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Intelligence in Literature and Media

Special Forces Berlin: Clandestine Cold War Operations of the US Army's Elite, 1956-1990
James Stejskal (Casemate, 2017), 333 pp., notes, timelines, appendices, bibliography, index.

Reviewed by David A. Foy

The goal of any historian worth his or her academic salt should be to either plow new ground or rearrange the furrows with newly-planted facts or interpretations. Author James Stejskal has satisfied that goal with this brief volume on the history of Special Forces Berlin (SF Berlin). Known by various names throughout its three-decade existence, the unit—initially known as “Det A” (unclassified), formally the 39th Special Forces Detachment (then classified)—has been described by the former commander of the US Army Special Operations Command, Lt. Gen. Charles Cleveland (Ret.), as a unit that “remained in the shadows until history and discretion allowed a public accounting.” (vii) The author, who served in the unit in the 1970s and 1980s, volunteered to write this book—dedicated to the 800 members who served in SF Berlin—seeking to preserve their stories while they are still alive to tell them. Understandably, there were few extant official records concerning the unit during its existence and fewer now, which amplified his challenge.

The warriors of SF Berlin, located 110 miles inside East Germany, knew their primary responsibility in wartime was to conduct unconventional warfare (UW)—specifically, missions targeting the Berlin road, rail, and canal infrastructure. In a larger sense, their mission was to buy time for the Supreme Allied Commander in Europe (SACEUR), who had only 10,000 US troops in West Berlin to temporarily fend off 575,000 East German and Soviet troops. Additionally, they were to train whatever local guerrilla forces could be located or organized, using the extensive caches of weapons, explosives, radios, and dollars buried in the area; the theory was that a 12-man team could train 1,200 guerrillas.

As Stejskal notes early on, the first SF units were patterned after those of the Office of Strategic Services (OSS) in World War II. After some experimentation with structure, SF settled on 12-man teams, each member crosstrained in several areas to add depth to the limited manpower. Besides being SF-qualified, each unit member was required to hold a Top Secret clearance and to demonstrate a high level of proficiency in German or an Eastern European language; those with the best language skills and who represented the bulk of the unit early on tended to be “Lodge Act” soldiers, ethnic Eastern Europeans welcomed into the US Army in the postwar period.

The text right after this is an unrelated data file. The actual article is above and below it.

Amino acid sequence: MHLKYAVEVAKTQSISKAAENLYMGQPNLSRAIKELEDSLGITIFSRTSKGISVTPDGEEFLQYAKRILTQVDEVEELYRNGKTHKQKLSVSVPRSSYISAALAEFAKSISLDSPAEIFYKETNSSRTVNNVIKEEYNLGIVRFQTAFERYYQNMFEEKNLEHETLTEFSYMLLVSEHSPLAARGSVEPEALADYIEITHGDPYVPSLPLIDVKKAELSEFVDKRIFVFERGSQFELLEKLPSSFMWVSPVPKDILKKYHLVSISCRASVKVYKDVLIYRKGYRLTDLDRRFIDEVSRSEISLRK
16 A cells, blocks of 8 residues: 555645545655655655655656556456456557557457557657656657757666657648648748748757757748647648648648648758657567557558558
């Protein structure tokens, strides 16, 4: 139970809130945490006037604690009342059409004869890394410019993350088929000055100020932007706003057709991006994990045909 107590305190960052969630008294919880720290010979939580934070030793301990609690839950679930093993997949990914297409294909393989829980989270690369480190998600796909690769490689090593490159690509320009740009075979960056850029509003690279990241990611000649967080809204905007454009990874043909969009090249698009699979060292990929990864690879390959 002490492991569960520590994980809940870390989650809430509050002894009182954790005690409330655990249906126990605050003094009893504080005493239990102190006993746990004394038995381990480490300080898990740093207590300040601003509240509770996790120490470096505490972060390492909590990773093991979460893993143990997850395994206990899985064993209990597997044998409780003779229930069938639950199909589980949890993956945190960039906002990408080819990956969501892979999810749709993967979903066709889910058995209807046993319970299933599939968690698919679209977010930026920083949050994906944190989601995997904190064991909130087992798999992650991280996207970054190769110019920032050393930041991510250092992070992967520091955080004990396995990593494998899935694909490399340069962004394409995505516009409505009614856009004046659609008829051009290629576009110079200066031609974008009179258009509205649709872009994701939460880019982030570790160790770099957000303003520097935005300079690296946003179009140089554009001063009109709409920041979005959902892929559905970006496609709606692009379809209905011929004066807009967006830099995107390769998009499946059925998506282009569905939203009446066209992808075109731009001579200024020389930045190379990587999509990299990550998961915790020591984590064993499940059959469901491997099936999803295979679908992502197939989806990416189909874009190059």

Two external developments affecting Det A were the 1961 construction of the Berlin Wall five years after the unit arrived in Berlin, which heightened the tension and potential danger, and the Vietnam War, which decreased the pool of potential replacements for the unit. From a high of 10,000, the number of SF troops declined to 4,200 by the mid-1970s. As the author points out, the unit also had to deal with the constant challenge of missions other than its primary UW one: underwater operations, in which only one team was trained; counterterrorism operations, which involved close coordination and training with the German police and anti-terrorist force GSG-9; and close quarters battle training, in concert with the FBI, the Israelis, and Britain’s Special Air Service (SAS).

As the author notes, Det A was training for participation in the Iranian hostage crisis following the seizure of the US embassy in Tehran in 1979. Even then, its primary mission was intelligence collection and the rescue of the three Americans held captive at the Foreign Ministry. Again, the Det’s mandatory support to Army exercises limited personnel available for the Iran hostage rescue mission. The collision of a helicopter and a C-130 at the Desert One landing site in Iran aborted Operation EAGLE CLAW and led to widespread adverse publicity; an unintended consequence was that team members were left in Iran to find their own way out. Afterward, the Det A contingent began training for its own follow-on, SNOWBIRD, inside the Foreign Ministry. The 20 January 1981 release of the hostages made the task superfluous.

In 1981, SACEUR Gen. Bernard Rogers visited the unit for a briefing, the upshot of which was a refocusing on strategic intelligence collection and reporting and an emphasis on CT operations—the latter both an “opportunity” and a “problem,” according to Stejskal—rather than UW, which he notes was still perceived as counter to “the American way of war.” (5) Fatefully, the shift also triggered an OPSEC survey of the unit that uncovered irregularities. Adding insult to injury, the unit’s OPSEC was compromised by a Newsweek article focused on a team member who had participated in the hostage rescue operation and mentioned an “SF unit in Berlin.” As a result of that disclosure, the OPSEC survey judged that the unit should be shut down and a new unit be created in a different location, which happened in 1984.